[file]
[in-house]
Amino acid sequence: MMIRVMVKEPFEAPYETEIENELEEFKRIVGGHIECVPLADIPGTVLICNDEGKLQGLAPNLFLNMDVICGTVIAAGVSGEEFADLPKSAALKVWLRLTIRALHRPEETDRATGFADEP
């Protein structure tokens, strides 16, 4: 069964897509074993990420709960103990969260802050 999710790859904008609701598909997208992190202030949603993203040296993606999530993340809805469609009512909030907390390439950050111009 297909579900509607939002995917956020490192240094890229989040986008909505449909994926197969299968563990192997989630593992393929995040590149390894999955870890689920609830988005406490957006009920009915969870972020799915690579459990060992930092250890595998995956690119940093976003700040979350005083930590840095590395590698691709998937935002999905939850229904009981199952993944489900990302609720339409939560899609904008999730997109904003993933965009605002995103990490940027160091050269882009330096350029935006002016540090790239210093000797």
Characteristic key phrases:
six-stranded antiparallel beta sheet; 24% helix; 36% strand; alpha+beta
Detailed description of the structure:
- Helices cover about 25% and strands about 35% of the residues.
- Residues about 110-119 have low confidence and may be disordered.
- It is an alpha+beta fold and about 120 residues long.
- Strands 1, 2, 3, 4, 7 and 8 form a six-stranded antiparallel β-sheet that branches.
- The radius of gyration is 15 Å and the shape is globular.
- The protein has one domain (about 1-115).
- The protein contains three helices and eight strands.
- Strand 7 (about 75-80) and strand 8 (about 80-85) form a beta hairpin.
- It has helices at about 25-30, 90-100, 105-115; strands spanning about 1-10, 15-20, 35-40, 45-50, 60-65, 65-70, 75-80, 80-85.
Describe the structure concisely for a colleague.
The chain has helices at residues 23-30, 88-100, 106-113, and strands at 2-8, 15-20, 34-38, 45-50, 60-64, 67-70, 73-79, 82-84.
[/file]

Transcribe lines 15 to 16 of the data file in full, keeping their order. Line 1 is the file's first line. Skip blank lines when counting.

- It has helices at about 25-30, 90-100, 105-115; strands spanning about 1-10, 15-20, 35-40, 45-50, 60-65, 65-70, 75-80, 80-85.
Describe the structure concisely for a colleague.